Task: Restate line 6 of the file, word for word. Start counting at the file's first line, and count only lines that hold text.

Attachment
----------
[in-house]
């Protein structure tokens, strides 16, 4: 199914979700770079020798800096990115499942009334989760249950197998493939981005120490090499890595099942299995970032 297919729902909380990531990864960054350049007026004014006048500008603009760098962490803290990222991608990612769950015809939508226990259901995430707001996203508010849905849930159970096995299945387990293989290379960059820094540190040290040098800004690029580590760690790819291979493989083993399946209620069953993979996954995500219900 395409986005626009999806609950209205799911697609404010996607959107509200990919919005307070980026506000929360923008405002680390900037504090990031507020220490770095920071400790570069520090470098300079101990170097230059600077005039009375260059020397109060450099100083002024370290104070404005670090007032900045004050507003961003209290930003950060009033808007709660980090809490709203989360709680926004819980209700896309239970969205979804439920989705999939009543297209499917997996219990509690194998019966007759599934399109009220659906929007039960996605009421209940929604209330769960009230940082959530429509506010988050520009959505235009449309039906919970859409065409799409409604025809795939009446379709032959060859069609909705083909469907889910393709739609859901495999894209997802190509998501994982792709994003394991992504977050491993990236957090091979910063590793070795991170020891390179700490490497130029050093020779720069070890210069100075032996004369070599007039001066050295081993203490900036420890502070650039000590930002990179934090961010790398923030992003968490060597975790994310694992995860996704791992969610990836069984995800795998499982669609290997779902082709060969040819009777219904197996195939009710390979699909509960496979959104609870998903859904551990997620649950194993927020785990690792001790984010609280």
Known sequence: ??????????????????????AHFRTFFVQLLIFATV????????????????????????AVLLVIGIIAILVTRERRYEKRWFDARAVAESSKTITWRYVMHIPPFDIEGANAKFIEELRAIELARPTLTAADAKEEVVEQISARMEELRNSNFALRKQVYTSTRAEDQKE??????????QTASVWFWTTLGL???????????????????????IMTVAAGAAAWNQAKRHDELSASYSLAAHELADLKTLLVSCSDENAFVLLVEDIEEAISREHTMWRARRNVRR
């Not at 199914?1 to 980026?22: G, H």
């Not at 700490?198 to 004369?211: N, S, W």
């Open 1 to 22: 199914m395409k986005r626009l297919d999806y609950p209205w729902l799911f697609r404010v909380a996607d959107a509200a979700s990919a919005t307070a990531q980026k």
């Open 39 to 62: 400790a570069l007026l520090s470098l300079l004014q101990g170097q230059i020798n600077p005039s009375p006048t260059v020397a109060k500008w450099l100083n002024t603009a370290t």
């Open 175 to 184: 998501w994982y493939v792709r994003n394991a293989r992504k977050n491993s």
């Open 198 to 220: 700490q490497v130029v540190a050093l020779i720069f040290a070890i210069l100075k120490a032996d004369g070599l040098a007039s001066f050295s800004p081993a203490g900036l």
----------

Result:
């Open 1 to 22: 199914m395409k986005r626009l297919d999806y609950p209205w729902l799911f697609r404010v909380a996607d959107a509200a979700s990919a919005t307070a990531q980026k």